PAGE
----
Social and environmental analysis is an integral part of every IFC investment. Early involvement of IFC's social and environmental specialists contributes to a greater understanding of clients' needs and of the environmental and social risks and opportunities associated with a proposed investment. IFC can help companies gain competitive advantage by reducing and managing environmental and social risk and by identifying opportunities to enhance business value. Learn more...
Insurance specialists, who are part of each IFC investment team, provide client support in the assessment of project-specific business risks and exposures and guidance on the structuring of appropriate, cost-effective methods for mitigating, treating, or transferring risks (including insurance solutions). Early involvement in the project cycle helps ensure that project sponsors receive fast, constructive feedback and guidance on risk identification and mitigation.
IFC is at the forefront of the market and of development institutions in guarding against fraud and corruption in its projects. This approach complements and supports IFC's determination to act as a leader on sustainability. Avoiding fraud and corruption is necessary to ensure that IFC's investments are successful, that its resources are being used effectively, and that its development objectives are met.
Many IFC staff worked in the private sector before joining IFC and many go on to make valuable contributions in the private sector after leaving IFC. We consider this a strength of our institution. We manage such staff transitions with great care. IFC has procedures and follows World Bank Group ethics policies to mitigate potential conflicts of interest when senior staff leave IFC and join organizations that may have an investment or advisory relationship with IFC.
IFC engages in a broad range of activities in support of its development mission, including providing advisory services to governments and private clients and making investments (debt, equity or hybrid) in clients. As a result of this broad range of activities, there is a risk that actual or perceived operational conflicts of interest can arise.
An IFC operational conflict of interest can arise if IFC engages in multiple roles in connection with the same project or sector. IFC is committed to properly manage such operational conflicts to ensure that our interests and the client's – whether it is a government or private entity – remain aligned and that we do not compromise our responsibilities to clients.
Consistent with best practices in the financial services sector, IFC has established an operational conflicts risk and compliance team and adopted robust policies and procedures for the management of such conflicts. Best-practice measures we have adopted can include:
IFC Senior Management is responsible for managing operational conflicts as a key component of approval processes. Staff members regularly receive training and guidance from IFC’s operational conflicts risk and compliance team.
Tax evasion is unacceptable in any part of a transaction in which the World Bank Group is involved. Strengthening tax systems and anti-corruption efforts in developing countries is at the center of the World Bank Group's strategy for curbing tax evasion and appropriate use of public resources. In addition, the Bank Group exercises due diligence to confirm that the structures in which it invests are chosen for legitimate reasons and are not being used for tax evasion, tax abuse, or other illegitimate purposes. IFC is committed to advancing the international tax transparency agenda.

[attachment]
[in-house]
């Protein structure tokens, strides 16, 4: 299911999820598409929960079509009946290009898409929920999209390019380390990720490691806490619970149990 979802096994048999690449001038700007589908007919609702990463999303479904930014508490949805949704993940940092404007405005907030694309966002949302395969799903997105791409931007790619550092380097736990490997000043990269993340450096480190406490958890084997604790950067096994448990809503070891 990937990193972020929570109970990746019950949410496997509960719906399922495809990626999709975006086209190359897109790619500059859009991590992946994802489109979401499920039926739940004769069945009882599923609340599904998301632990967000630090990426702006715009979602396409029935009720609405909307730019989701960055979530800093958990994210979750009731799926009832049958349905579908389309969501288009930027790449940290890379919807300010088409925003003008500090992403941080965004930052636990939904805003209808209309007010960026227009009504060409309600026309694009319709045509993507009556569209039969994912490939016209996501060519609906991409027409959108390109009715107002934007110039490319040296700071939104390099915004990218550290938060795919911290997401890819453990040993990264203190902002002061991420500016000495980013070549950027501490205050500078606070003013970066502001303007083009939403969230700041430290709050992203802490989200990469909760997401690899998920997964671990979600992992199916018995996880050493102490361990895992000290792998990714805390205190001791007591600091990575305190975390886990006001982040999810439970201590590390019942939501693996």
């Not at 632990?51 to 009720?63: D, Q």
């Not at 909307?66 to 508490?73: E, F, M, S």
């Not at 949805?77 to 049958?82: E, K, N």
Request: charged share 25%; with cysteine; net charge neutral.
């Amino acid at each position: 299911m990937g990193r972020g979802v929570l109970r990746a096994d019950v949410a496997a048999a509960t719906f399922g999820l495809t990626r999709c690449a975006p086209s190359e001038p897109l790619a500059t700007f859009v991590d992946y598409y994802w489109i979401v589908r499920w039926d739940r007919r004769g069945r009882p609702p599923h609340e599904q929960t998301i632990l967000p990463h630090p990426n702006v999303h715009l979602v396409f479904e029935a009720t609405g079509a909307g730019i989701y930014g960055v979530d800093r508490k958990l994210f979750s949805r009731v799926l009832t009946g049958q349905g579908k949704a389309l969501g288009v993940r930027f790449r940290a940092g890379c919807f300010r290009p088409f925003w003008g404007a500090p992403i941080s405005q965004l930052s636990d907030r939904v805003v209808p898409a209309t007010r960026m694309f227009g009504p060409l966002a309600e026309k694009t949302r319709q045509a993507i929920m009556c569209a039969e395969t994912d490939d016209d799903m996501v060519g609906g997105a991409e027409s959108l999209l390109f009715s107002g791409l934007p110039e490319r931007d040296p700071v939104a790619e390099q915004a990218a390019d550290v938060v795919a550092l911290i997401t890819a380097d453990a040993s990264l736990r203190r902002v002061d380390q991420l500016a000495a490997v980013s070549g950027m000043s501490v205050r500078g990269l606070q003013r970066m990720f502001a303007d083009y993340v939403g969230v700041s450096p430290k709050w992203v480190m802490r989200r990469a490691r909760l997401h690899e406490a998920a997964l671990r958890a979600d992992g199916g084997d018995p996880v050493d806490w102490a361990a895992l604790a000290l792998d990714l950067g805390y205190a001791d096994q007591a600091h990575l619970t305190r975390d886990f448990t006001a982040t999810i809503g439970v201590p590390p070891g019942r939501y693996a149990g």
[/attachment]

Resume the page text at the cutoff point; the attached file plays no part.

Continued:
On November 10, 2011 the World Bank Group Board of Executive Directors approved a new policy on the use of offshore financial centers in World Bank Group private sector operations. The policy incorporates the standards of the OECD Global Forum on Transparency and Exchange of Information for Tax Purposes (Global Forum). More information on the Global Forum can be found at www.oecd.org/tax/transparency. The policy is effective immediately. As a fundamental part of the new policy, IFC will continue to offer technical assistance to those member countries that request it to improve their overall tax transparency.
On June 26, 2014 the World Bank Group Board of Directors, including the Board of IFC, approved a procedural update to the OFC Policy. Since the adoption of the OFC Policy in 2011, the OECD’s Global Forum has further defined and updated its procedures with respect to the Peer Review Process. This procedural update brings the OFC Policy in line with the current procedures of the Global Forum and other International Financial Institutions regarding the timing of determining the eligibility of an Intermediate Jurisdiction under the OFC Policy. The standards for determining eligibility remain the same. The revised policy can be found here.
On July 14, 2016, IFC and MIGA presented an update to the World Bank Group (“WBG”) Board on tax issues and the Policy on the Use of Offshore Financial Centers in World Bank Group Private Sector Operations (the “OFC Policy” or the “Policy”). The update addressed the OFC Policy as well as developments and discussions in the international tax policy environment, given that a period of ongoing rapid change over the near- to medium-term is expected. A summary of the update can be found here.